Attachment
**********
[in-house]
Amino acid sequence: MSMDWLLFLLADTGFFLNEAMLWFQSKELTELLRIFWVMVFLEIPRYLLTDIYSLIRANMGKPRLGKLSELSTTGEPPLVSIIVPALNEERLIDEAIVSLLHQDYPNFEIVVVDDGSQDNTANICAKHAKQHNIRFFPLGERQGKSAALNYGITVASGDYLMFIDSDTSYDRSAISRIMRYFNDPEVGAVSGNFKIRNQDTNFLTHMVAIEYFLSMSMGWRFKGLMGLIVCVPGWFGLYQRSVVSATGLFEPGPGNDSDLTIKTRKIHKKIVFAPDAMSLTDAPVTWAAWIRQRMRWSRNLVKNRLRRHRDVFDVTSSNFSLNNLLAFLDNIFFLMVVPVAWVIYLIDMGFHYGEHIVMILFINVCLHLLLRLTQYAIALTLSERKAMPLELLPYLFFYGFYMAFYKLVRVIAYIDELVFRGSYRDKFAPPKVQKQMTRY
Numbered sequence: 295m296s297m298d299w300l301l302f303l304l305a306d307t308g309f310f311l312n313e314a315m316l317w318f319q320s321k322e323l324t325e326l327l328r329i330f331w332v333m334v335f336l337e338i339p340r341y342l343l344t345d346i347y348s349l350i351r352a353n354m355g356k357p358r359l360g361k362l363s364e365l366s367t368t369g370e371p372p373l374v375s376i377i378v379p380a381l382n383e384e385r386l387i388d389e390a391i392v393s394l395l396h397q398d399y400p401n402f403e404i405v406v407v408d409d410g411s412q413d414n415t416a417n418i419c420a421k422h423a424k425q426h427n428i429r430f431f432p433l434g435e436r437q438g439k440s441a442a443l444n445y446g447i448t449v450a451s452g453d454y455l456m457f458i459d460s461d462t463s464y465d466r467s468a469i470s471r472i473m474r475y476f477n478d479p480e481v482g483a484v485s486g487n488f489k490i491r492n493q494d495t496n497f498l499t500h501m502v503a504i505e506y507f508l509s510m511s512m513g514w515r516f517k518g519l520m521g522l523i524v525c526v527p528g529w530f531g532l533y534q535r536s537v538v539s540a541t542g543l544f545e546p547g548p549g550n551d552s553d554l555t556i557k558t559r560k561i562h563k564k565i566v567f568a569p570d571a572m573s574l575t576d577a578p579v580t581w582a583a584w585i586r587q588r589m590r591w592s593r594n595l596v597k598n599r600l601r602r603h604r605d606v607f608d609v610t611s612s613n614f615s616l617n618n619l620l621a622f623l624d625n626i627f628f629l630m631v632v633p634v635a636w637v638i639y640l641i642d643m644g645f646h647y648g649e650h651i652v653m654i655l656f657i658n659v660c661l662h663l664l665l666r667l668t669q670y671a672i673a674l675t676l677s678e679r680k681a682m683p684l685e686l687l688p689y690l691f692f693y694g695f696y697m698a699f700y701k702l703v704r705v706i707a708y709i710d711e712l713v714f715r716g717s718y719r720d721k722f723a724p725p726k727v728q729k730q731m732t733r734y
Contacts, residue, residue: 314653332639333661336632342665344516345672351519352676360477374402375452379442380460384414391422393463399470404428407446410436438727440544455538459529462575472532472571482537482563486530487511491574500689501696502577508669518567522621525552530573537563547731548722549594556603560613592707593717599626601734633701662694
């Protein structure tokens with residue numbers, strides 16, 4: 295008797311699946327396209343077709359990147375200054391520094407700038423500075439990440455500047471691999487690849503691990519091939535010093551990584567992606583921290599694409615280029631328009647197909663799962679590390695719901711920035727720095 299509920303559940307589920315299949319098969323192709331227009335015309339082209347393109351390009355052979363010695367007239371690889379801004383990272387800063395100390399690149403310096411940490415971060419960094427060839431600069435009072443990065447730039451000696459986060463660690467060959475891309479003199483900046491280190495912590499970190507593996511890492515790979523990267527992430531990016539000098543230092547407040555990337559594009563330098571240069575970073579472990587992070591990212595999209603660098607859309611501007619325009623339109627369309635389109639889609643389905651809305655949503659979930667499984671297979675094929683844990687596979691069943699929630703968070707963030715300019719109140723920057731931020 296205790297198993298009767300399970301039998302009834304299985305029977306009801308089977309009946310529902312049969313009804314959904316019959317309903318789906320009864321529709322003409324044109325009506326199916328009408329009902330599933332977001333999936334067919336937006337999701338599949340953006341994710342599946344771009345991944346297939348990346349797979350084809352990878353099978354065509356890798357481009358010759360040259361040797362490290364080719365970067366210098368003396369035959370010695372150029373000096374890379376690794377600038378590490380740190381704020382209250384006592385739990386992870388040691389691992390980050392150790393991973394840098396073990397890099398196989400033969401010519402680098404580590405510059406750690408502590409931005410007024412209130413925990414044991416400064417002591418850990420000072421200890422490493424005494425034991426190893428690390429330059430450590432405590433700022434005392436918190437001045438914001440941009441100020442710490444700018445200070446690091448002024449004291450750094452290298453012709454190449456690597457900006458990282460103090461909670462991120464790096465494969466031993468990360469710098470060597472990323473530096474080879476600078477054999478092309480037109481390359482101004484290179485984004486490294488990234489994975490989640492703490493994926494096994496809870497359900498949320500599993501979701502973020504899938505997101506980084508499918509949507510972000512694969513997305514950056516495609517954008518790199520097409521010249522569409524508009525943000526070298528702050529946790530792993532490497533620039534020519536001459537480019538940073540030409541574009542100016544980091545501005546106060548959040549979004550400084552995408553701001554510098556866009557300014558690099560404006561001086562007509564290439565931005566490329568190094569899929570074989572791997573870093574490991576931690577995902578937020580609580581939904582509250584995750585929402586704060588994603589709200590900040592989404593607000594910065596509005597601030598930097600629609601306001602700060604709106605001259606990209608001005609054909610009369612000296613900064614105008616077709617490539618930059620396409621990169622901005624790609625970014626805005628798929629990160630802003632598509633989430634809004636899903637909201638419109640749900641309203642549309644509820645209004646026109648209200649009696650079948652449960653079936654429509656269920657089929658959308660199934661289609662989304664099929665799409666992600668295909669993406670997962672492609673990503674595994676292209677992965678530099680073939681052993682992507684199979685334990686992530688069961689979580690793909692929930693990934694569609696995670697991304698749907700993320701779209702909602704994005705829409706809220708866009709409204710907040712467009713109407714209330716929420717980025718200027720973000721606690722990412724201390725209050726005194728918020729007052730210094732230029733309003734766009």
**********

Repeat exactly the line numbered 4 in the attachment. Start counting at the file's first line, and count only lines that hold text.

Contacts, residue, residue: 314653332639333661336632342665344516345672351519352676360477374402375452379442380460384414391422393463399470404428407446410436438727440544455538459529462575472532472571482537482563486530487511491574500689501696502577508669518567522621525552530573537563547731548722549594556603560613592707593717599626601734633701662694